On the Road: Kornit Digital


      The ability to meet some of the brightest, most interesting, and passionate people leading businesses at the forefront of growth industries has always been a perk for people working in the investment management business.

      Before the pandemic, that perk often came in the form of face-to-face meetings. But whether in person or virtually, the benefit ultimately came from the rapport one would establish through the constant “polling” of these thought leaders.

      One such example of a relationship that has been more virtual than it has been face-to-face is an investment Pembroke made in an Israeli-based manufacturing company four years ago: Kornit Digital (KRNT US).

      Kornit is also an example of a company that is providing solutions to an industry that has hit an inflection point with the onset of the COVID-19 environment. As in other industries, numerous factors have exposed shortcomings and accelerated trends in the digital printing market. In the case of Kornit Digital, these trends are playing to their advantage.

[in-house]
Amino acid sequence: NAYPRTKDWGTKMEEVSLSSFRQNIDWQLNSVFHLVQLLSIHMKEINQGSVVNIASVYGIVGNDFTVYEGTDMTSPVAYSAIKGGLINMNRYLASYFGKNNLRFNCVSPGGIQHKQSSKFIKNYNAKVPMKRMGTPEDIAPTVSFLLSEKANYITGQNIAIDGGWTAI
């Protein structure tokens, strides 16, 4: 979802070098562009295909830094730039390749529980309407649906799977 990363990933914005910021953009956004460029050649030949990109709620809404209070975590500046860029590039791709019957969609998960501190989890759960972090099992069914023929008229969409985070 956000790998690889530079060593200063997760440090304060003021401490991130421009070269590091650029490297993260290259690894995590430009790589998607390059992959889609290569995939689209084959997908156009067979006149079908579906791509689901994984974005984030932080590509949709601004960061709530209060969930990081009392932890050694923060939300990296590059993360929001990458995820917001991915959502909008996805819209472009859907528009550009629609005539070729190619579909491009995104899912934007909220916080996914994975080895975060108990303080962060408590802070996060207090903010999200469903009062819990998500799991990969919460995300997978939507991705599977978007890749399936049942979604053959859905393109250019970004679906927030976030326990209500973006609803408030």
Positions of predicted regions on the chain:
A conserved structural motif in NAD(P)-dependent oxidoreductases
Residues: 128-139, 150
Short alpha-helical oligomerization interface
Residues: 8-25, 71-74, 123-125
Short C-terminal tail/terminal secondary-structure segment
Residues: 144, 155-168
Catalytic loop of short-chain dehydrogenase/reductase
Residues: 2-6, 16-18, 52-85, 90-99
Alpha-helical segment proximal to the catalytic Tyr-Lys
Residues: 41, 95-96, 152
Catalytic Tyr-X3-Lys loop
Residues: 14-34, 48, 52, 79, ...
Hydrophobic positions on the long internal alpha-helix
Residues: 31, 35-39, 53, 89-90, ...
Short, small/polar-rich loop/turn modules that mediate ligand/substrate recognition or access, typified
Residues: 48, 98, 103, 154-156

What Do They Do?

      Kornit Digital manufactures digital printers for the textile industry. The focus until now has been direct-to-garment solutions, selling machines to a range of customers from screen printers to fashion brands and small online artists.

      Kornit’s business is a traditional razor and razor-blade model with a core technology and a future stream of related consumables.  The core proposition for owning the company has remained effectively unchanged since our initial investment: in an industry rife with waste and over consumption (i.e., the fashion industry), Kornit has built a leading product that addresses the fundamental application of their customers in an increasingly economical and environmentally conscious way.

      Framing the Market Opportunity

      Prior to our initial investment, one major concern was about the size of the ultimate market for digital textile printing. Although the overall textile printing market is measured in the tens of billions of US dollars, if digital print manufacturers could not overcome limitations around colour and fabric ranges, unwanted odours and poor economics, our concern was that their solution would be relegated to prototypes and very small production runs.